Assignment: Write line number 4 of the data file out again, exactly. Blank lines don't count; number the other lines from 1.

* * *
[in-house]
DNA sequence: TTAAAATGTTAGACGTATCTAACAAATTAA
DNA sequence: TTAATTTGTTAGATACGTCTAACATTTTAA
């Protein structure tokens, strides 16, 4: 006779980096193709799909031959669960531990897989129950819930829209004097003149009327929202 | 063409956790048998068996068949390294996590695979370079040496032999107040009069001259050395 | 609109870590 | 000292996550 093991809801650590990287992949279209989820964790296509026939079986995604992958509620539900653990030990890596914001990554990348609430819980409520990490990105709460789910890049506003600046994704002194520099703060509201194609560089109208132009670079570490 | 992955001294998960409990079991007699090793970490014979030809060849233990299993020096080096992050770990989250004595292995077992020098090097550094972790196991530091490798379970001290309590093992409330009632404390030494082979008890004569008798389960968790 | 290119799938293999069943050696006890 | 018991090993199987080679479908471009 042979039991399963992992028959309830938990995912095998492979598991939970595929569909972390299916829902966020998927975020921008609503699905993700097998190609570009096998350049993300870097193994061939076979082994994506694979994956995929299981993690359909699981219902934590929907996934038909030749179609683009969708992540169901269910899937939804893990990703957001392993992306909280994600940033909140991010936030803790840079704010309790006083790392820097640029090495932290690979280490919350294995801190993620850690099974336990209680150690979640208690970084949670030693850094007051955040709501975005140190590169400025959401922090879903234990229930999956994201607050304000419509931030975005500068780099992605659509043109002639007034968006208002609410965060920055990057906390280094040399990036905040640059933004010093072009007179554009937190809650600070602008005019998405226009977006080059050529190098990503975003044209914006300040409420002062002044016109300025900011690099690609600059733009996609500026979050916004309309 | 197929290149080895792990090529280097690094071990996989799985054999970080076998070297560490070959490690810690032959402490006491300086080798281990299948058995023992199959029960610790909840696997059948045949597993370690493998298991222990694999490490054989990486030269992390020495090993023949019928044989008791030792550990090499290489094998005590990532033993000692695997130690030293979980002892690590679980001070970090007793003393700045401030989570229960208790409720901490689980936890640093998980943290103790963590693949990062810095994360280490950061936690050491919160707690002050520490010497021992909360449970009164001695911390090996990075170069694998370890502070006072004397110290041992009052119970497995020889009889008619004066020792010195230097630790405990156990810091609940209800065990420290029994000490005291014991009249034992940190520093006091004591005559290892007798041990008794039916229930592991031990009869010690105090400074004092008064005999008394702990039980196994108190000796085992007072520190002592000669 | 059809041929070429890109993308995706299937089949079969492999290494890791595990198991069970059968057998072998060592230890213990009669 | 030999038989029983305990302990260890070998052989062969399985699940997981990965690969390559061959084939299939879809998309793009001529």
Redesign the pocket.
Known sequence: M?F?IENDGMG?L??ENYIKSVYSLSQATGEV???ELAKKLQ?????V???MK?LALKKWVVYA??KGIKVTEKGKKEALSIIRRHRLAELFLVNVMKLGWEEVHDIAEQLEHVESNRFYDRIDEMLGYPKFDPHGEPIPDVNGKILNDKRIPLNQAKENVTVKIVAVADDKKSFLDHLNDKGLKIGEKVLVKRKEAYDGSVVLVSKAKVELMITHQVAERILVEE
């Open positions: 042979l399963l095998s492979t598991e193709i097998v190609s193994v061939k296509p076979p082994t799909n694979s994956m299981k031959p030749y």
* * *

């Protein structure tokens, strides 16, 4: 006779980096193709799909031959669960531990897989129950819930829209004097003149009327929202 | 063409956790048998068996068949390294996590695979370079040496032999107040009069001259050395 | 609109870590 | 000292996550 093991809801650590990287992949279209989820964790296509026939079986995604992958509620539900653990030990890596914001990554990348609430819980409520990490990105709460789910890049506003600046994704002194520099703060509201194609560089109208132009670079570490 | 992955001294998960409990079991007699090793970490014979030809060849233990299993020096080096992050770990989250004595292995077992020098090097550094972790196991530091490798379970001290309590093992409330009632404390030494082979008890004569008798389960968790 | 290119799938293999069943050696006890 | 018991090993199987080679479908471009 042979039991399963992992028959309830938990995912095998492979598991939970595929569909972390299916829902966020998927975020921008609503699905993700097998190609570009096998350049993300870097193994061939076979082994994506694979994956995929299981993690359909699981219902934590929907996934038909030749179609683009969708992540169901269910899937939804893990990703957001392993992306909280994600940033909140991010936030803790840079704010309790006083790392820097640029090495932290690979280490919350294995801190993620850690099974336990209680150690979640208690970084949670030693850094007051955040709501975005140190590169400025959401922090879903234990229930999956994201607050304000419509931030975005500068780099992605659509043109002639007034968006208002609410965060920055990057906390280094040399990036905040640059933004010093072009007179554009937190809650600070602008005019998405226009977006080059050529190098990503975003044209914006300040409420002062002044016109300025900011690099690609600059733009996609500026979050916004309309 | 197929290149080895792990090529280097690094071990996989799985054999970080076998070297560490070959490690810690032959402490006491300086080798281990299948058995023992199959029960610790909840696997059948045949597993370690493998298991222990694999490490054989990486030269992390020495090993023949019928044989008791030792550990090499290489094998005590990532033993000692695997130690030293979980002892690590679980001070970090007793003393700045401030989570229960208790409720901490689980936890640093998980943290103790963590693949990062810095994360280490950061936690050491919160707690002050520490010497021992909360449970009164001695911390090996990075170069694998370890502070006072004397110290041992009052119970497995020889009889008619004066020792010195230097630790405990156990810091609940209800065990420290029994000490005291014991009249034992940190520093006091004591005559290892007798041990008794039916229930592991031990009869010690105090400074004092008064005999008394702990039980196994108190000796085992007072520190002592000669 | 059809041929070429890109993308995706299937089949079969492999290494890791595990198991069970059968057998072998060592230890213990009669 | 030999038989029983305990302990260890070998052989062969399985699940997981990965690969390559061959084939299939879809998309793009001529």